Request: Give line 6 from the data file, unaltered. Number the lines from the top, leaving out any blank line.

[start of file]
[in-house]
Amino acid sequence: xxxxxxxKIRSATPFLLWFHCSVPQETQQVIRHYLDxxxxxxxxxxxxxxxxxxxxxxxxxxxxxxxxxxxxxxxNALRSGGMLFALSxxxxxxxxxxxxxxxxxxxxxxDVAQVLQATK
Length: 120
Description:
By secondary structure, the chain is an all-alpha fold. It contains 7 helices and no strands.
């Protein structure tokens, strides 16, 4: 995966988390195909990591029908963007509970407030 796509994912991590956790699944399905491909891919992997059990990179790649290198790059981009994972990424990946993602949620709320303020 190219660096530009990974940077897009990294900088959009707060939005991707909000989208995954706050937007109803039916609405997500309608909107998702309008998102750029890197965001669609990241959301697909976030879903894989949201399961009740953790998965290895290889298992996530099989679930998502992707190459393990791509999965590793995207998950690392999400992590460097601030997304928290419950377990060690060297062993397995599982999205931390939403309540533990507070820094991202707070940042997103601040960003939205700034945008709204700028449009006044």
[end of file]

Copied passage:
């Protein structure tokens, strides 16, 4: 995966988390195909990591029908963007509970407030 796509994912991590956790699944399905491909891919992997059990990179790649290198790059981009994972990424990946993602949620709320303020 190219660096530009990974940077897009990294900088959009707060939005991707909000989208995954706050937007109803039916609405997500309608909107998702309008998102750029890197965001669609990241959301697909976030879903894989949201399961009740953790998965290895290889298992996530099989679930998502992707190459393990791509999965590793995207998950690392999400992590460097601030997304928290419950377990060690060297062993397995599982999205931390939403309540533990507070820094991202707070940042997103601040960003939205700034945008709204700028449009006044």